"With the knowledge of the exact location and extent of tumor infiltration into the lymphatic system, the surgeon can minimize the incision," Dr. Kobayashi explained. If metastasis appears to be contained within the sentinel node, this not only could improve quality of life but also negate the need for further chemotherapy, he added.

In the study, MRI with the G6 contrast agent was compared with MRI using standard contrast agents in normal, transgenic, and xenograft mouse models. MRI using the G6 agent was able to visualize draining lymphatic vessels and sentinel lymph nodes - something that MRI using standard agents did not achieve. In addition, MRI with G6 was able to easily detect a one-millimeter tumor in three-millimeter lymph nodes, a level of precision 100-fold beyond what is possible using conventional imaging methods with other modalities. Finally, MRI with G6 provided images that could allow for differentiation between lymph ducts and nodes and for detection of lymph nodes completely infiltrated by cancerous cells - neither of which is possible using standard agents or other conventional imaging methods.

MRI with the G6 agent works so well, Dr. Kobayashi explained, precisely because of its nano-size, which, at 9 nanometers, is actually more than 10 times larger in diameter than most standard contrast agents. G6 is small enough to quickly get into the lymphatic ducts but still has sufficient stature to ensure that it doesn't leach from the ducts into the capillary vessels.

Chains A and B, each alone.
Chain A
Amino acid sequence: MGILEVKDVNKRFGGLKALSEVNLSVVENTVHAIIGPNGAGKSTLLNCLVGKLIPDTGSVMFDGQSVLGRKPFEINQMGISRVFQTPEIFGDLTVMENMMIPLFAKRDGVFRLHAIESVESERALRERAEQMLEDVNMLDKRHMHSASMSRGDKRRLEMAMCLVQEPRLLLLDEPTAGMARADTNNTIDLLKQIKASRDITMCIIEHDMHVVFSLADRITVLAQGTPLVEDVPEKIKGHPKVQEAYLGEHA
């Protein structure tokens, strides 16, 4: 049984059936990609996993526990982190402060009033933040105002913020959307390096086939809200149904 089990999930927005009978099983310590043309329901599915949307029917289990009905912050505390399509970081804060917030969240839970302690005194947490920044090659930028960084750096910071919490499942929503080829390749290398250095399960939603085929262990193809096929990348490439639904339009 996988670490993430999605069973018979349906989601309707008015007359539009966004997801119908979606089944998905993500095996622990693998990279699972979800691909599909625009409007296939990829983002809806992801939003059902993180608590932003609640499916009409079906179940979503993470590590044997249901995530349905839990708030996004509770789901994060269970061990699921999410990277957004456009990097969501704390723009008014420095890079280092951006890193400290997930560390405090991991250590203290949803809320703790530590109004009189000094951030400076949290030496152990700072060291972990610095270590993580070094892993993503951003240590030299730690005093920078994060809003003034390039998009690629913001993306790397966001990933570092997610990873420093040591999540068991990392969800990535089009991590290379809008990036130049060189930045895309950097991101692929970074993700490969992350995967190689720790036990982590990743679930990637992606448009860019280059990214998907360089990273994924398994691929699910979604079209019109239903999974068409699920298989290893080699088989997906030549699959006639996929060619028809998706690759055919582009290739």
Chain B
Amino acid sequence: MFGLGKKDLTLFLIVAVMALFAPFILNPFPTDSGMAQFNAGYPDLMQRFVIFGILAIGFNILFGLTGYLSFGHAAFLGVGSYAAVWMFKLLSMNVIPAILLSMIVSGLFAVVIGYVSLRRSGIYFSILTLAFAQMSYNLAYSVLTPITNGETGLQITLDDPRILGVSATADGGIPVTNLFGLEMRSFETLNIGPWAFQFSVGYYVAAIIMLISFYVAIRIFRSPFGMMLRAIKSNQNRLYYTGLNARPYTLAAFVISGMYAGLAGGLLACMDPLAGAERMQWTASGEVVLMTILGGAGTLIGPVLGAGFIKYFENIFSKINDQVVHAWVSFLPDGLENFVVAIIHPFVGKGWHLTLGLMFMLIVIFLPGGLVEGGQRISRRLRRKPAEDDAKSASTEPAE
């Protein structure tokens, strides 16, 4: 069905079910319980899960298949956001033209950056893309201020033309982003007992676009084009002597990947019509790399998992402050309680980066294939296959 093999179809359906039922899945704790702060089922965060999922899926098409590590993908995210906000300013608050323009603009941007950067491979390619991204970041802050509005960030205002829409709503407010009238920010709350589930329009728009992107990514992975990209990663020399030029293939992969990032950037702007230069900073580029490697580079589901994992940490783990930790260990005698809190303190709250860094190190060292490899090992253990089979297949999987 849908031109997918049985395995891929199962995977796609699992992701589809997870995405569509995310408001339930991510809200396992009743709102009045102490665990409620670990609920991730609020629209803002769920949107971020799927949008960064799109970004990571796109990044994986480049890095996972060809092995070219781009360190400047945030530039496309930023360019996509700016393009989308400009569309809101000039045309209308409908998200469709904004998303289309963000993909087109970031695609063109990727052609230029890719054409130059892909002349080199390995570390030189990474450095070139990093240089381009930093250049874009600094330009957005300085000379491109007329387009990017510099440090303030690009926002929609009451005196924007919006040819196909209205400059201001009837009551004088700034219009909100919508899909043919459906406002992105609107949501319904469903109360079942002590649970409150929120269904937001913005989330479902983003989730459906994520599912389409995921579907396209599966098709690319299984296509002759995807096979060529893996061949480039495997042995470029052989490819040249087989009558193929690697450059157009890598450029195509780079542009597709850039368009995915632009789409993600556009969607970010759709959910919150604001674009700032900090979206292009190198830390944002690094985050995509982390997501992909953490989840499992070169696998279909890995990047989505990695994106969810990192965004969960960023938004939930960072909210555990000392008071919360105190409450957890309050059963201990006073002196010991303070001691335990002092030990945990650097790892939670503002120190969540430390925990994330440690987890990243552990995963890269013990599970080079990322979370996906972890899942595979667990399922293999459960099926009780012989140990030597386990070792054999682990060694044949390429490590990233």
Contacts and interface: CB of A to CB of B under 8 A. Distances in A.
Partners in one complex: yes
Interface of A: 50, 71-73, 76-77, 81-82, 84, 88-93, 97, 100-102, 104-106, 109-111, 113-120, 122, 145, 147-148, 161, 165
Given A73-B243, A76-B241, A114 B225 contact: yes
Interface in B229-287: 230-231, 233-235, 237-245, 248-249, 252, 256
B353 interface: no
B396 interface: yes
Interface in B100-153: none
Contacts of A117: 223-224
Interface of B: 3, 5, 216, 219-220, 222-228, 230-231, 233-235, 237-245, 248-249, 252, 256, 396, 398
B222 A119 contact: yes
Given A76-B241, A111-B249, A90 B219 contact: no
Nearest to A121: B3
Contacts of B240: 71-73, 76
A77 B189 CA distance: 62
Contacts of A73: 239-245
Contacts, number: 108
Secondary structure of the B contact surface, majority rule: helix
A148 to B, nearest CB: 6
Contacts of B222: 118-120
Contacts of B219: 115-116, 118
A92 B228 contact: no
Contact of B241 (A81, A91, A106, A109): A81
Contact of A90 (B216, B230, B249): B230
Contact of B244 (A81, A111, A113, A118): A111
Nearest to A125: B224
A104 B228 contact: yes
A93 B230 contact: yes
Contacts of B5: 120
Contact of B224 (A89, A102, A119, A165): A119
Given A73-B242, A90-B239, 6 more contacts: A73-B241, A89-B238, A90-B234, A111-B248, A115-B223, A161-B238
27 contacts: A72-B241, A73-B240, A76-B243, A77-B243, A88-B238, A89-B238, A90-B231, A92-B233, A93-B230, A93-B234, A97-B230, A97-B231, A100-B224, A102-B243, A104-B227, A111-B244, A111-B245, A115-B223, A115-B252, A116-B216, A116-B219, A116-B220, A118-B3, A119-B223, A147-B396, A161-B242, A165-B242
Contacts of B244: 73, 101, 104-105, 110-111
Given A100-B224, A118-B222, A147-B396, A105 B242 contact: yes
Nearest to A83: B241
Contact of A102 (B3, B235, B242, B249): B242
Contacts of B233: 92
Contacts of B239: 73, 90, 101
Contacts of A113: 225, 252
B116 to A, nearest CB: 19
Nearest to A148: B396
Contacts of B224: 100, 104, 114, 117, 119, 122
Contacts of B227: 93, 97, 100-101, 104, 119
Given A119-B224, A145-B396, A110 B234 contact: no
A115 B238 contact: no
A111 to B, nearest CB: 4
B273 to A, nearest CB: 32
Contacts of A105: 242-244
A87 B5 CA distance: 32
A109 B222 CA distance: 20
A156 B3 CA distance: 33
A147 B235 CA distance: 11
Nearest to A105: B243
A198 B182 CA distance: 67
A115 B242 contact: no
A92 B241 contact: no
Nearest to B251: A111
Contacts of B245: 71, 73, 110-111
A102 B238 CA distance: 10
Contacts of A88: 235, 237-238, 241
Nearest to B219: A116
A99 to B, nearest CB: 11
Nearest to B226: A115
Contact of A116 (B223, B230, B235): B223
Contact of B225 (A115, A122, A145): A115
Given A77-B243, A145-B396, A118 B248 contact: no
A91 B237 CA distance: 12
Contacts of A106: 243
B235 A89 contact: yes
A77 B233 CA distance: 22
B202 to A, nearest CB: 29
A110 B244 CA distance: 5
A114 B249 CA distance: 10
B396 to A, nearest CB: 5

"This method can tell both the location of true sentinel lymph nodes and the presence or absence of metastatic cancer in those nodes within an hour by a single MRI study," Dr. Kobayashi said. "We validated the performance of this agent on the clinical machinery in the mouse model, and we expect the drug to perform as well in humans."

Director's Update

Enabling Technologies Will Help Pave Way to 2015

Since the NCI announced its challenge goal to eliminate the suffering and death due to cancer by 2015, I have been asked on numerous occasions, "How are we going to do it?" The answer is as simple as it is complex. The simple answer is that we will harness the tremendous intellectual resources within the cancer community that have been producing the remarkable advances we have made in our understanding of the cancer process, and we will accelerate further progress by integrating a plethora of new enabling technologies.